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Anxiety and Stress Management

with Patricia A. Farrell, PhD

This blog has been retired. We appreciate all the wisdom and support Dr. Farrell has brought to the WebMD community.

Tuesday, February 6, 2007

Binge Eating Now Recognized

When I suggested to my dissertation committee almost 20 years ago that I wanted to do research on binge eating in women over 30, they told me that I really meant bulimia. No, I insisted, I wanted to do a study of binge eating and stress, not bulimia. I had to keep making this case over and over again as each member and many of the professionals with whom I consulted told me that there was no such thing as a problem with binge eating that needed to be studied. I should study bulimia, they suggested. I stuck to my resolve to study binge eating and I found it in about half of the 512 women who returned research materials to me.

The oldest woman in my study was 74 and she was a binge eater. There was no particular characteristic of the binge eater except that she seemed to do it when stressed. Many of the women in my study were professionals, some were nurses, physicians, teachers, doctoral students and all of them were over 30.

The point I wanted to make was that disorders of eating were found in more than the adolescents and college women that everyone was studying. I also felt, although I didn’t include that in my study, that it had nothing to do with body image or following the crowd. I was right and now a much larger and more impressive study has found that, indeed, binge eating is a problem.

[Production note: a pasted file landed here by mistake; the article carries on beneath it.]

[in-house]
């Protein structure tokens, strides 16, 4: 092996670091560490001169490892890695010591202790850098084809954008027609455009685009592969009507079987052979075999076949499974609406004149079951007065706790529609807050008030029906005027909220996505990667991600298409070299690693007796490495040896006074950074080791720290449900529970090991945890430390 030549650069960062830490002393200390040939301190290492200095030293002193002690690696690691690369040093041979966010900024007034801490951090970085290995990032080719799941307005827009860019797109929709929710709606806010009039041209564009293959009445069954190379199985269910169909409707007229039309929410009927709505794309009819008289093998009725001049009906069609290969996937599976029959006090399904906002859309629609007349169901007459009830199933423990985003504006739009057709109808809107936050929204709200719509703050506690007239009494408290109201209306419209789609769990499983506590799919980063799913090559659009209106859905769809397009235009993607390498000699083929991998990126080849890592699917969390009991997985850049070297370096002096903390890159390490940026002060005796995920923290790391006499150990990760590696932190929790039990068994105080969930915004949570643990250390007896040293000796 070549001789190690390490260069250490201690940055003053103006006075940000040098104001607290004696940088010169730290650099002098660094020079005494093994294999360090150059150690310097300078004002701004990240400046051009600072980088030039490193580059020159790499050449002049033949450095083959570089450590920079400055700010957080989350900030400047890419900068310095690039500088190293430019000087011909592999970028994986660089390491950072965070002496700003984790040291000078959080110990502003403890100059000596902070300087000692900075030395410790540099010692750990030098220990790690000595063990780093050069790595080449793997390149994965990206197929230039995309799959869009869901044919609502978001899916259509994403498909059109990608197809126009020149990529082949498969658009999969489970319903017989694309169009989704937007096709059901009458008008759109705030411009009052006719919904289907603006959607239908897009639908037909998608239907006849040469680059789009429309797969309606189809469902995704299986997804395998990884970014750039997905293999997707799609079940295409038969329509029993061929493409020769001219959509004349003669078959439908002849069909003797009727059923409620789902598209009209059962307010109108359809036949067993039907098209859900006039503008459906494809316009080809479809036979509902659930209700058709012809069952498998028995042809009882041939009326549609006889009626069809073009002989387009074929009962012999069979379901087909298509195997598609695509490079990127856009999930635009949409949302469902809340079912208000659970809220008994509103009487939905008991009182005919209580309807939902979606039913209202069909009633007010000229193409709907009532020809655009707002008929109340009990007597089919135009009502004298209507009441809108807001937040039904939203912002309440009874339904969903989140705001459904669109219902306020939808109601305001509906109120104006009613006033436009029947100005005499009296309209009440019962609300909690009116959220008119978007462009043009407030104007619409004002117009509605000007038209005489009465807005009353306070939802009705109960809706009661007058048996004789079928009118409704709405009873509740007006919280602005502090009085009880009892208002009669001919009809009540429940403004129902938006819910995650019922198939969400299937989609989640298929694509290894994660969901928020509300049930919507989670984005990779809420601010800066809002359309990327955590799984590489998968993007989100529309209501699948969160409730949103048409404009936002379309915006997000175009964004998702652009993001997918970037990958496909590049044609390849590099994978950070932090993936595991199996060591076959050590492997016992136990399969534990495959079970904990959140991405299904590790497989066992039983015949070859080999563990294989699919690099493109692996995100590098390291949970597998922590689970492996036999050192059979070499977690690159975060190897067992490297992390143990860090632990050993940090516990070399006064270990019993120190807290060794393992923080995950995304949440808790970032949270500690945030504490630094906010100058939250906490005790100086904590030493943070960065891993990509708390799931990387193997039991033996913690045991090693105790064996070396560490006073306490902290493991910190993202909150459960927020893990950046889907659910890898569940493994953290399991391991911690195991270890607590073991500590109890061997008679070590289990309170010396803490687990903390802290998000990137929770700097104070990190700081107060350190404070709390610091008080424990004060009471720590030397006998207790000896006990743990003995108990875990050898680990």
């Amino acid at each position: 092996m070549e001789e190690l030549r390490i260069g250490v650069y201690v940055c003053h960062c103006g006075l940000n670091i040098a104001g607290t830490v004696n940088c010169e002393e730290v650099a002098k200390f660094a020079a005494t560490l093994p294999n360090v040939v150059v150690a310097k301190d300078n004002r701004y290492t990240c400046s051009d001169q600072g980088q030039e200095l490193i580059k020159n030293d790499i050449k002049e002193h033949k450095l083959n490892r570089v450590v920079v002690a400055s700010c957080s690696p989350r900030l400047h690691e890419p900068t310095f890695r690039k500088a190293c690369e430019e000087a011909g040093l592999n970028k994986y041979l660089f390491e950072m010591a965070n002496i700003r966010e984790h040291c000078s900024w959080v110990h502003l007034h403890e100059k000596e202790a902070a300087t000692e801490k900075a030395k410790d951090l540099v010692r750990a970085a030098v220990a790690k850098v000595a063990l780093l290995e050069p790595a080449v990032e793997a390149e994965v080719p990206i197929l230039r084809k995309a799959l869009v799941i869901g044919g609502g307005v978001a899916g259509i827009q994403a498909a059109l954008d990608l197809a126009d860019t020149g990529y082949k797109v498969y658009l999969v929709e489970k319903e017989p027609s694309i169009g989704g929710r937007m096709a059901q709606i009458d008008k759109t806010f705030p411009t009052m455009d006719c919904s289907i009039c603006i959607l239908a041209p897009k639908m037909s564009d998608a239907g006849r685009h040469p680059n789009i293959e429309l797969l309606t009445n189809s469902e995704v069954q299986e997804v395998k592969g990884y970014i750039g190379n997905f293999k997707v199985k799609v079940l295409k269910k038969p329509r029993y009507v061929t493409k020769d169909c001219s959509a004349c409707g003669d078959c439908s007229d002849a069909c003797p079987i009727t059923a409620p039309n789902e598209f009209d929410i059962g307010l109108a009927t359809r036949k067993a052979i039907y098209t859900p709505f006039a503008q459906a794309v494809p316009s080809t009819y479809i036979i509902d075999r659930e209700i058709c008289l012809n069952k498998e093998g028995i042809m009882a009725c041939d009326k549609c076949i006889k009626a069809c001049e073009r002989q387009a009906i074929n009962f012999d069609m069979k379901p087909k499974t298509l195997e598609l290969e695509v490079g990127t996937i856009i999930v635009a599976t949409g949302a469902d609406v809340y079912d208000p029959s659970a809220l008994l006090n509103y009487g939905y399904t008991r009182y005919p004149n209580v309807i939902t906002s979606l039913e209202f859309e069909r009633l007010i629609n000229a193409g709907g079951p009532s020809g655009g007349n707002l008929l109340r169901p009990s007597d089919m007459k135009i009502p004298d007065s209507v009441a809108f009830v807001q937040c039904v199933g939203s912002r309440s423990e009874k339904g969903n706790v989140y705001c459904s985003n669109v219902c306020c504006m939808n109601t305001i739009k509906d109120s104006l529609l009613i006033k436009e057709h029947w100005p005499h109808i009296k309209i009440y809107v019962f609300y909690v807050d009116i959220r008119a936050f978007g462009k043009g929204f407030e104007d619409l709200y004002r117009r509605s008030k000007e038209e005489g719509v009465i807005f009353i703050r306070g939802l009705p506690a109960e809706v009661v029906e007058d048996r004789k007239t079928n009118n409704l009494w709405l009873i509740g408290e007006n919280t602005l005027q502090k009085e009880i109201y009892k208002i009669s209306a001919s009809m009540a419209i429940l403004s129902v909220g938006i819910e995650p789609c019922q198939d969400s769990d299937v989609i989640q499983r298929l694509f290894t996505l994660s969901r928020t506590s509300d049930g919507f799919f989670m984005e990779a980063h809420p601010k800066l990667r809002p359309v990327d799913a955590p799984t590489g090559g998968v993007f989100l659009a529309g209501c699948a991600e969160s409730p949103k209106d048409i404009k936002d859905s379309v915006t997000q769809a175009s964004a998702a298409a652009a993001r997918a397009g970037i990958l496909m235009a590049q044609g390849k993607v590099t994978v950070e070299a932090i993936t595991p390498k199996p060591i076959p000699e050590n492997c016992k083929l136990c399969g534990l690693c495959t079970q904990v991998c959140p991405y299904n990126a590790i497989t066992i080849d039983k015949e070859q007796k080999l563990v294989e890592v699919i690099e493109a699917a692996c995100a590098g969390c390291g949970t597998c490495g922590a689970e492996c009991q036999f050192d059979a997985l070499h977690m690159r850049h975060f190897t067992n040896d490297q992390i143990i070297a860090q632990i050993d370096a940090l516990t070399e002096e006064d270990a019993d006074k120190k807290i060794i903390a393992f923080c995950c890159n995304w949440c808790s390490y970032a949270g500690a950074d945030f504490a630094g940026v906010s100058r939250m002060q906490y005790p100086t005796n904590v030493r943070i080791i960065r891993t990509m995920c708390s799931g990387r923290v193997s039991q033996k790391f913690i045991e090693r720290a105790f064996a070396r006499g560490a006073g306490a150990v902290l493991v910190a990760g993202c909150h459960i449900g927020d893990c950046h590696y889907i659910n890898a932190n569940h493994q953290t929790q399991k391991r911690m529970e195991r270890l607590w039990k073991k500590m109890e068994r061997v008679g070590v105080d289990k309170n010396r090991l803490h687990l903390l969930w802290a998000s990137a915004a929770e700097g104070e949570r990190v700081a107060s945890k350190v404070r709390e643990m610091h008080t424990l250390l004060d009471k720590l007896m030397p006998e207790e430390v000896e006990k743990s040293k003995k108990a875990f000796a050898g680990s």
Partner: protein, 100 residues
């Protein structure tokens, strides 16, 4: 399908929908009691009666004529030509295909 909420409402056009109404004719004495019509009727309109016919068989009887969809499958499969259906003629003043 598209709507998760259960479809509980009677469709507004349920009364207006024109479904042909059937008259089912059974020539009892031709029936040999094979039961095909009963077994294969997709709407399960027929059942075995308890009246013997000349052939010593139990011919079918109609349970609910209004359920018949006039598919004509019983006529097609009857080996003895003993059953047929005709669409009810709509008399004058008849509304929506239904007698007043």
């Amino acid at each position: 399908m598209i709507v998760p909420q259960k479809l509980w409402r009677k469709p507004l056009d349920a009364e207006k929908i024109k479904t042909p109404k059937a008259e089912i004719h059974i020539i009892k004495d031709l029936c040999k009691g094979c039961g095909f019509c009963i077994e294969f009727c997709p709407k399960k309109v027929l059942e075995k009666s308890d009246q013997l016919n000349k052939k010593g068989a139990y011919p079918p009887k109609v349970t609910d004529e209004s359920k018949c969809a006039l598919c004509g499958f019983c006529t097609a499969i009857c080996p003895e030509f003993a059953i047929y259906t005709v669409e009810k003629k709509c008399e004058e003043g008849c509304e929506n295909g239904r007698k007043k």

Binge eating is now considered a disorder and the researchers from McLean Hospital indicated that it is “the most common eating disorder.” They found that binge eating is more prevalent than bulimia or anorexia nervosa and is linked to severe obesity. Not only is it more prevalent, it lasts longer than either of the other two disorders; around 8.1 years while anorexia lasts about 1.7 years. Of the sample of 9,282 people that they used for data analysis, 3.5 per cent of women and 2 per cent of men suffered from binge eating disorder.

The conclusions of the researchers, too, were that there was poor understanding of the disorder and suggested that “health experts take notice of these findings.”

I’m sorry it took so long for me to be right on this one, but I was and that was almost 20 years ago.

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Posted by: Patricia Farrell, PhD at 12:14 pm

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